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Lessons from the Street

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This past November and December, through our partnership with the Alcaldia (mayor’s office) of Medellín, I had the privilege of working with an exceptional group of adult students from Comuna 11, a neighborhood in the western-central zone of the city. Working both individually and in small groups they produced an extraordinary set of films, most of which were about different aspects of street culture. Their specific topics ranged from street musicians and performers, to caring for strays and other animals, to the bicycling community. Have a look now at some of their impressive works:

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(Click here to visit Bent Marble on YouTube)

This cohort, consisting of university students, artists, civil servants, and professionals in various fields, was probably the most diverse group, demographically and personality-wise, that I have ever worked with. And I was extremely impressed with how well they “gelled”, quickly forming new friendships and helping one another with their projects, both in and out of the classroom. By the end of the course more than one participant had commented privately to me how much they enjoyed meeting their classmates, and how they felt they wouldn’t have had this opportunity if not for the workshops. And importantly, this marked a significant, real-world lesson for Bent Marble as well.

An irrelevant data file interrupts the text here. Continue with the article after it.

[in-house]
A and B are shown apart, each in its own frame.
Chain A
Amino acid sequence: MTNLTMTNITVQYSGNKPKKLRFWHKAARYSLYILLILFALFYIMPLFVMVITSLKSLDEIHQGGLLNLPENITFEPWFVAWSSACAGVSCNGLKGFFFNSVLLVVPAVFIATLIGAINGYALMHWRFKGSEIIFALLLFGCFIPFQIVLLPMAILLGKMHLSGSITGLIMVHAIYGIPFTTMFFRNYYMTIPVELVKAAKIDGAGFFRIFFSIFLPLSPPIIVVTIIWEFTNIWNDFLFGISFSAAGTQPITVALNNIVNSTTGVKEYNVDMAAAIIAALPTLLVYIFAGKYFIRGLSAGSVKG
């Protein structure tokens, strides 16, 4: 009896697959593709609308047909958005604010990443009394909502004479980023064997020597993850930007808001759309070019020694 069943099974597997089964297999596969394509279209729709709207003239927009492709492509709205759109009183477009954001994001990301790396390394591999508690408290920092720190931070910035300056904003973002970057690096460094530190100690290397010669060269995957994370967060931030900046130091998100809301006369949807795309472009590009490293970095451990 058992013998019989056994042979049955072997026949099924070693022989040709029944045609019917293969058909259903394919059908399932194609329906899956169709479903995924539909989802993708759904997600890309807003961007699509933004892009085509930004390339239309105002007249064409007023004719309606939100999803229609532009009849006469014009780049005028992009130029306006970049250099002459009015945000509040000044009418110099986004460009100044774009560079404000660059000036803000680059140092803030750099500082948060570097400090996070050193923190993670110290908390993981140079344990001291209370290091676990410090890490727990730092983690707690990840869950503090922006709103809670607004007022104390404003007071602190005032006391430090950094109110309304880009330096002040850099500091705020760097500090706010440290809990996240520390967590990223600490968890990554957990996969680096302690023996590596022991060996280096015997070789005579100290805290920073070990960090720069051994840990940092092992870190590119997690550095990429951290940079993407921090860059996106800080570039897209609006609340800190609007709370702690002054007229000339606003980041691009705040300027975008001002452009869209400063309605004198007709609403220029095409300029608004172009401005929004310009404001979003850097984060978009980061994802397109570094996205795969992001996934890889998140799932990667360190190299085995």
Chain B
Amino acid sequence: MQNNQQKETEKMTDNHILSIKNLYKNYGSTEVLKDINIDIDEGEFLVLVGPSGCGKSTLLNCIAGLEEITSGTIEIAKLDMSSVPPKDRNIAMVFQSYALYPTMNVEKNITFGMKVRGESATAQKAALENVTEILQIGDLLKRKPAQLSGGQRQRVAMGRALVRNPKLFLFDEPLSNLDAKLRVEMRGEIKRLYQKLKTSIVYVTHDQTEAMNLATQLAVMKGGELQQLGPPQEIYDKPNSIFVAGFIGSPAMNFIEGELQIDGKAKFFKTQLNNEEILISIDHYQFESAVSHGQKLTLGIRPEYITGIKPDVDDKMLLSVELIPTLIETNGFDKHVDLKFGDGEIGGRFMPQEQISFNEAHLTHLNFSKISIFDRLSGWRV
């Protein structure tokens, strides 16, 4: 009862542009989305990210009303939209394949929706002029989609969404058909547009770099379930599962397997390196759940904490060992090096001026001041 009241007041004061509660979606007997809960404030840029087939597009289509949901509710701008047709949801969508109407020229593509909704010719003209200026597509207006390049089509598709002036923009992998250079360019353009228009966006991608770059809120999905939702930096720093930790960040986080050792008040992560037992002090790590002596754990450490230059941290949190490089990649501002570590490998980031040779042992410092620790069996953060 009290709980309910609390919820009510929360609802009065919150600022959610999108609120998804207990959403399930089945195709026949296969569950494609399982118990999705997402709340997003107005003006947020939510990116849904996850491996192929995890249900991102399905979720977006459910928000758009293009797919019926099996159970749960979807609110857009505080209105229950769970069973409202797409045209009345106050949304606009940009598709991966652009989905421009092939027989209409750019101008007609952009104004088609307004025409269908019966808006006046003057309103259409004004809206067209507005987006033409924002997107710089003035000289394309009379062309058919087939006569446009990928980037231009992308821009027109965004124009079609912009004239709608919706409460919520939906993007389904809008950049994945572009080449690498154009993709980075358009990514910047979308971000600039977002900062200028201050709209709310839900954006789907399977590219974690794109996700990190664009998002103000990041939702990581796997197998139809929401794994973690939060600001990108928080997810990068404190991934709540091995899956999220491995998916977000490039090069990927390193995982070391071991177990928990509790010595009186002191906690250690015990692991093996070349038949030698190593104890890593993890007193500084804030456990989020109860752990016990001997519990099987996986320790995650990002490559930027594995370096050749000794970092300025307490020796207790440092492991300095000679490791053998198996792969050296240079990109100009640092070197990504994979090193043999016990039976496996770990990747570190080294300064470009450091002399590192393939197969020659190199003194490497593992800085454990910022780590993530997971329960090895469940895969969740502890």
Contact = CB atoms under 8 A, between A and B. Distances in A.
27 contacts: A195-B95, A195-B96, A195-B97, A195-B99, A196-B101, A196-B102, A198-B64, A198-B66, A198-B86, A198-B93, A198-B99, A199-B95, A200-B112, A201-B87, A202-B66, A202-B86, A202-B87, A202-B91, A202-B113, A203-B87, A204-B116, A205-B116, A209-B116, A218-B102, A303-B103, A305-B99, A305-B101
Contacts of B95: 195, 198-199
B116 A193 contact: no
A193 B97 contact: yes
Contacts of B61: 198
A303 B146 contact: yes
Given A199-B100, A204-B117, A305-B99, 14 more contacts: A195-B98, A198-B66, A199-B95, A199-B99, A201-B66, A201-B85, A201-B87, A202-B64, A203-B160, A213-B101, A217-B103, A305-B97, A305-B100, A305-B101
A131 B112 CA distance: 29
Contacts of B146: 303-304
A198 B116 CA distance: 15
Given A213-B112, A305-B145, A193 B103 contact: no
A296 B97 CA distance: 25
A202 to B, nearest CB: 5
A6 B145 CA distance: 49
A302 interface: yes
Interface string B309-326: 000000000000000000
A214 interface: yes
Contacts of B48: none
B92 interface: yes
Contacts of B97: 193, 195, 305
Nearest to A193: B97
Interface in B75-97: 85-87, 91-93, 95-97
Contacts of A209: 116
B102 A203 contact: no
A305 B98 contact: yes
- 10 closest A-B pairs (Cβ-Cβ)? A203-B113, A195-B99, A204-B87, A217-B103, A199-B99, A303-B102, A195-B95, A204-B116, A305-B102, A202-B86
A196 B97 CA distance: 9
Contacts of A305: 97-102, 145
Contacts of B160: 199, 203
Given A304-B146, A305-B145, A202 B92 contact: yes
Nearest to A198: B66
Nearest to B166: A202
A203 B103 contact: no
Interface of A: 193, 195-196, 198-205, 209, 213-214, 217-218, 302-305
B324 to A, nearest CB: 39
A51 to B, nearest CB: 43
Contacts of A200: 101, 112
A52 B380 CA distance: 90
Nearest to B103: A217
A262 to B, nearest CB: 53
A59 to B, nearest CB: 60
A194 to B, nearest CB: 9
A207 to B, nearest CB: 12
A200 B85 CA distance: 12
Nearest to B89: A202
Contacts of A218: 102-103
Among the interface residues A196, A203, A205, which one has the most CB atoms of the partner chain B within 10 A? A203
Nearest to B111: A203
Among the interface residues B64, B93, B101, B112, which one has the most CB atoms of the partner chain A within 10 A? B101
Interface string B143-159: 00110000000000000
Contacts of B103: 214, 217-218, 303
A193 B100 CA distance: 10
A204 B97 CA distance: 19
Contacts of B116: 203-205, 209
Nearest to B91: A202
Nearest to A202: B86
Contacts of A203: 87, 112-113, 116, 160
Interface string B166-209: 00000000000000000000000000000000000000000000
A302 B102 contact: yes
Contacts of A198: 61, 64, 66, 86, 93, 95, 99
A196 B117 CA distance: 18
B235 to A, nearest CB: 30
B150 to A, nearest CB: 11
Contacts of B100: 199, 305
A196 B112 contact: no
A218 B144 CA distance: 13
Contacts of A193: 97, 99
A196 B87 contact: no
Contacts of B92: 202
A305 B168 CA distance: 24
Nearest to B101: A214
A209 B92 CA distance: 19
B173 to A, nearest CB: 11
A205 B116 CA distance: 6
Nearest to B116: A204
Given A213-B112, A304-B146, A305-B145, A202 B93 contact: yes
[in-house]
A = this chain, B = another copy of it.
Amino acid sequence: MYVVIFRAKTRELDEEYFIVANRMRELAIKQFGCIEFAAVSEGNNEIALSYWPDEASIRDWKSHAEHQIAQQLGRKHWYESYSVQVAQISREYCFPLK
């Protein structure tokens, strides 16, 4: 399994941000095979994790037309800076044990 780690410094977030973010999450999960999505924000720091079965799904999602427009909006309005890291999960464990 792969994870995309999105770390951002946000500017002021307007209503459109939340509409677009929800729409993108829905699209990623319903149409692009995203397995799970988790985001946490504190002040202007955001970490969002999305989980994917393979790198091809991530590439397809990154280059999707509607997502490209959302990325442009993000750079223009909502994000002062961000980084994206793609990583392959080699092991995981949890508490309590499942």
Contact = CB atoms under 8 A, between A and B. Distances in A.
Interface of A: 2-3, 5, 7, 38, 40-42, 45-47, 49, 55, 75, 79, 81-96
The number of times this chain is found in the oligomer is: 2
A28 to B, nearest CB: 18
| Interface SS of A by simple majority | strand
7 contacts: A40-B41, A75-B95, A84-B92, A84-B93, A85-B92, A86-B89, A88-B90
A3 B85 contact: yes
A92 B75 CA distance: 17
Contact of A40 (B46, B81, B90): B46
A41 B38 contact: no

While we, as an organization, are primarily concerned with promoting cross-cultural understanding and friendship between countries and continents, this most recent observation demonstrates that we can also do this, to an extent, WITHIN the workshops as well. And bridging cultural and “subcultural” divides within a community is equally important, and perhaps even more directly impactful. So with this in mind, moving forward we will definitely seek to have greater diversity represented within our workshops and public screening events.

Take a gander now at an image gallery from our Facebook page that shows this diverse group in action, in class and at their successful screening events: